Eamon Ryan said on Thursday that the government will publish its medium-term plan on September 14

TD Eamon Ryan, the leader of Ireland’s Green Party who is currently in coalition with Fianna Fáil and Fine Gael, said on September 3 in the Dáil that COVID testing at Ireland’s airports could possibly replace the 14-day isolation period that is currently in place for incoming travelers.

Ryan, who is also the Minister for Communications, Climate Action and Environment and the Minister for Transport, Tourism and Sport, was responding to TD Róisín Shortall of the Social Democrats during Thursday’s Leaders Questions session in the Dáil Eireann.

Speaking to Ryan, TD Shortall said the Irish government has failed in its coronavirus response in three key areas - effective testing and tracing, proper controls at Ireland’s airports and ports, and the availability and sourcing of data.

“When is the government going to play its part in responding to the virus?” Shortall pressed.

In response, Ryan said he is confident in Ireland’s HSE (Health Service Executive) and noted that there are currently 200 contact tracing staff in place and that the turn-around time for testing has gone from three days to 2.2 days.

“We cannot rest on our laurels," Ryan said, "but I believe the HSE is managing and can manage and can deliver the testing and trace regime we need."

Ryan acknowledged that managing airports throughout the pandemic is a “balancing act between protecting lives and protecting livelihoods” and that “having aviation travel is part of protecting livelihoods in this country.”

Ryan said that judging by health data to date, the level of coronavirus coming into the Republic of Ireland from international travel "is very low, but we have to maintain vigilance."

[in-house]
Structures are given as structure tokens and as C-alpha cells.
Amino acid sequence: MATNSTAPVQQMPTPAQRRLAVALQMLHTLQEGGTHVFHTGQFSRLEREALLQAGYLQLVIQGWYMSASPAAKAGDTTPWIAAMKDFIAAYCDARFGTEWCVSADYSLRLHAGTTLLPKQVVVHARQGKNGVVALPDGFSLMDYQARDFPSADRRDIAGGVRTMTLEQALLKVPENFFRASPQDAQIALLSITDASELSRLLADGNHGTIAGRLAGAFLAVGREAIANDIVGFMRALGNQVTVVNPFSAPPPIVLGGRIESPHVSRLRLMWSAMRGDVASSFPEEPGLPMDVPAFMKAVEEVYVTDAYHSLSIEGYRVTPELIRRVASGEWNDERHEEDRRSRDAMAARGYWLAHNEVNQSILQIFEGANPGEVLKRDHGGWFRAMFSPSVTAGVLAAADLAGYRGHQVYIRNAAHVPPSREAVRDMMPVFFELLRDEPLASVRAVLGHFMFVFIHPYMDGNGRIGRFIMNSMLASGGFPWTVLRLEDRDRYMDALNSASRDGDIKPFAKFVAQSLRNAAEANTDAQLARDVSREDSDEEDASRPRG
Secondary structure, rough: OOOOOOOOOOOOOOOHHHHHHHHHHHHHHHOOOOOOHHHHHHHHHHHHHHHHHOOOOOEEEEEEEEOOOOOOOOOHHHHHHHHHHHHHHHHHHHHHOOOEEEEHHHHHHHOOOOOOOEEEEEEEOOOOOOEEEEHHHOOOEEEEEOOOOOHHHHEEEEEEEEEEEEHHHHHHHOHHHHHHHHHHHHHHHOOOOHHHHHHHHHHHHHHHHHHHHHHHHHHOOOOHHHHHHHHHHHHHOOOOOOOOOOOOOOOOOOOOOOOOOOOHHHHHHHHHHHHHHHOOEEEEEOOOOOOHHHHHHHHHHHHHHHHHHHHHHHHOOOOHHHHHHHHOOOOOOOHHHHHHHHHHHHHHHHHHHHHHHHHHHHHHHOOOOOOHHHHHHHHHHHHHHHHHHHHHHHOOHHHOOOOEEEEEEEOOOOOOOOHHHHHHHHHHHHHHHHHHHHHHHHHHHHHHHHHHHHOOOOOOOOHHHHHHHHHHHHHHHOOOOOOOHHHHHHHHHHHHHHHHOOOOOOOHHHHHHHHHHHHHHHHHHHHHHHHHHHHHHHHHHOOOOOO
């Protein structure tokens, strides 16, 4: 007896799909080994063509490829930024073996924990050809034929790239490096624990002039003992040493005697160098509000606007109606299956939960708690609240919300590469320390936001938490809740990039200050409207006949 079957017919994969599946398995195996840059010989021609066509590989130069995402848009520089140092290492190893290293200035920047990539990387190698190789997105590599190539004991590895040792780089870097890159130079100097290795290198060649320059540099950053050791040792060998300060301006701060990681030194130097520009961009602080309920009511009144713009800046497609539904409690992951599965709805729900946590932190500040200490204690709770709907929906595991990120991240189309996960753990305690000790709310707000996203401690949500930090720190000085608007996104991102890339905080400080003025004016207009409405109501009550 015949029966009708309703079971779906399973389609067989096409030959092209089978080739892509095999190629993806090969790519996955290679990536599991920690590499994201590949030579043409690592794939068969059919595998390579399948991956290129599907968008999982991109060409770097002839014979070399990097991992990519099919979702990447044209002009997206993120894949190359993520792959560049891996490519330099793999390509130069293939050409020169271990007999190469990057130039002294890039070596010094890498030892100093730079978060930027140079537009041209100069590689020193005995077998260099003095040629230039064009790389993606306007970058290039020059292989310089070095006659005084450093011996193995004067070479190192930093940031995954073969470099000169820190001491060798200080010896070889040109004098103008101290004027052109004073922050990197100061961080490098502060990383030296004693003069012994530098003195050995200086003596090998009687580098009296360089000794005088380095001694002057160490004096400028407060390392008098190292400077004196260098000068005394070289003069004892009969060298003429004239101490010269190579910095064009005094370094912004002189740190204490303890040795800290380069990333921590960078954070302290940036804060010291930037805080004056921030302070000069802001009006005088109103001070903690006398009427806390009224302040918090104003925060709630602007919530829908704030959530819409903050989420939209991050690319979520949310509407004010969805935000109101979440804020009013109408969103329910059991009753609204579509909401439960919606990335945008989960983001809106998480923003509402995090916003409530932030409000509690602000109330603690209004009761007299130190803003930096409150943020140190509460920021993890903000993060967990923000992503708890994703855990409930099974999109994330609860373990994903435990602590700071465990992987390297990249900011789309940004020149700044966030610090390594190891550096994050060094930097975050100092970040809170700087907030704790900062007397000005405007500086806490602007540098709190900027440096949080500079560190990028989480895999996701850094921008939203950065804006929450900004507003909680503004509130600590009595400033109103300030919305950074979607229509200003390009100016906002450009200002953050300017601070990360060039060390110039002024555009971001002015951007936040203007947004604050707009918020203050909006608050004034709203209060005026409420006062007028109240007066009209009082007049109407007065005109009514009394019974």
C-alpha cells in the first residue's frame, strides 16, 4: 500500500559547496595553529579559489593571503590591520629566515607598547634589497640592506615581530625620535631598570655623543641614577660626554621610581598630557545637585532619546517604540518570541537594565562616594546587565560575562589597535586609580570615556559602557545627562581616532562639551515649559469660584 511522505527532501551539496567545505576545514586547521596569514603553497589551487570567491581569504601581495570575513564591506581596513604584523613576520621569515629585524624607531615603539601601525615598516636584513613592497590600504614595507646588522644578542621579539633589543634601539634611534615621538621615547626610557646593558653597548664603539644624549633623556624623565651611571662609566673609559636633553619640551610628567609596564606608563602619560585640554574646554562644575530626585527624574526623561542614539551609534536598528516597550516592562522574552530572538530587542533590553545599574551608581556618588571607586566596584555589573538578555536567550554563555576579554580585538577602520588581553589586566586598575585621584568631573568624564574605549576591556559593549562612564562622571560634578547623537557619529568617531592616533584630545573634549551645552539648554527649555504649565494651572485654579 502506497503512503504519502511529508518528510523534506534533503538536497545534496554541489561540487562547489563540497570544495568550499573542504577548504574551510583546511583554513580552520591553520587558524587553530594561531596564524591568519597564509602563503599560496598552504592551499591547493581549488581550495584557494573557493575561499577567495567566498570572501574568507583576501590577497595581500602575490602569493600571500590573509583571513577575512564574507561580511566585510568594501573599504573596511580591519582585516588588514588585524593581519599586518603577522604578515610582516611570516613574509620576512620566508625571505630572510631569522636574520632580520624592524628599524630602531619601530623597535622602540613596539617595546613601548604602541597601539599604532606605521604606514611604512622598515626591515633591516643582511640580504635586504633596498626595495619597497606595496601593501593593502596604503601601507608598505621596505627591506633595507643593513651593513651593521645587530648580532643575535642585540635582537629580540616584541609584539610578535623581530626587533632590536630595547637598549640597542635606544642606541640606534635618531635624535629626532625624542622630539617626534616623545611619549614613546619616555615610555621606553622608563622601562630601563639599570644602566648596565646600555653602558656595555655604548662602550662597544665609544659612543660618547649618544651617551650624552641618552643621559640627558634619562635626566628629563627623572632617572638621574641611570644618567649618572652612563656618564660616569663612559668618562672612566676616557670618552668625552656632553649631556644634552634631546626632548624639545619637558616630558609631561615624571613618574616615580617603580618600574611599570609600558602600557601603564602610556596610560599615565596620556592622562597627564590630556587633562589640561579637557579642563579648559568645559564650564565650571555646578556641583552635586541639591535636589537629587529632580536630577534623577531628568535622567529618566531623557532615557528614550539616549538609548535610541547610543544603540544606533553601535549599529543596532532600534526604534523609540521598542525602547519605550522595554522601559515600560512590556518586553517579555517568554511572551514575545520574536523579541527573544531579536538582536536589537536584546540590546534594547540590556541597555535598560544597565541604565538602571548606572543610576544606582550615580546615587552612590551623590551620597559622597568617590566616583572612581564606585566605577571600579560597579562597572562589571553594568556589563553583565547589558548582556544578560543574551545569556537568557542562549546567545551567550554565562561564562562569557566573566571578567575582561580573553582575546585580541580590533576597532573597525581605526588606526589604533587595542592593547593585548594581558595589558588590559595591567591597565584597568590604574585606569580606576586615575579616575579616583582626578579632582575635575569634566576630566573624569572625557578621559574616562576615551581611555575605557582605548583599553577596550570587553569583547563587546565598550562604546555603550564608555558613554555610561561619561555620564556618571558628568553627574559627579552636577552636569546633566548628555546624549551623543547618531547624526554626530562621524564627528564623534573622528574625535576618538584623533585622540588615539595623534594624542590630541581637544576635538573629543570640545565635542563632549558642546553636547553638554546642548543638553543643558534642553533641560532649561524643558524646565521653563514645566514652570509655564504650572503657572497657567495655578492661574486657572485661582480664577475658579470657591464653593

He continued: “There was, I think, valid advice from the health system to try and minimize travel, to try and minimize contact. But the government has to now start preparing for the next six, nine, 18 months, the medium-term approach where, in the absence of a vaccine, we have to manage it.

"Included in that, we’ll have to manage international travel. 

“The government will present a new medium-term COVID plan on the 14th of September, and included within that will be a planned approach for allowing for connectivity. 

“I’ve asked in a meeting with my own department officials yesterday, who were working with the Department of Health and the Department of Taoiseach, to look, as we already said we would, at the international experience where they are requiring testing arrangements in relation to air travel that may reduce the risk of increased air travel and may allow us to, in certain instances, to waive the requirement for 14-day restriction on travel when someone comes in.

“We have set up - my department has helped in this regard - setting up the electronic register contact tracing system, which will be an important part of that.”

Afterward, Shortall retorted: “Government needs to start taking this seriously again.”

Read More: Explainer: Traveling between the US and Ireland during coronavirus

As it stands, people arriving into Ireland, except in certain circumstances, are required to complete a Passenger Locator Form and self-isolate for 14 days. If you are arriving in to Ireland from one of the ten countries on the government’s “green list,” you are not required to self-isolate.

Ryan’s comments on Thursday that a new “medium-term” plan will be published within two weeks comes just days after a damming op-ed written by Fintan O’Toole for The Irish Times detailing the dismal approach Dublin Airport has taken in terms of coronavirus.

Unlike other European airports, there is no COVID testing available at Dublin Airport. The passenger locator forms, which have only recently been made available online, were previously required to be filled out in person at crowded stations where passengers were sharing the same pens. 

Of the locator forms that he filled out in person at Dublin Airport, O’Toole said: “It may be an unfair impression, but it did not feel to me that this was anything other than a ritual.”

O'Toole, who was writing on the final day of his two-week isolation period, said: “Nobody checked the form and nobody has been in touch since to see whether I have been at the address I wrote on it.”

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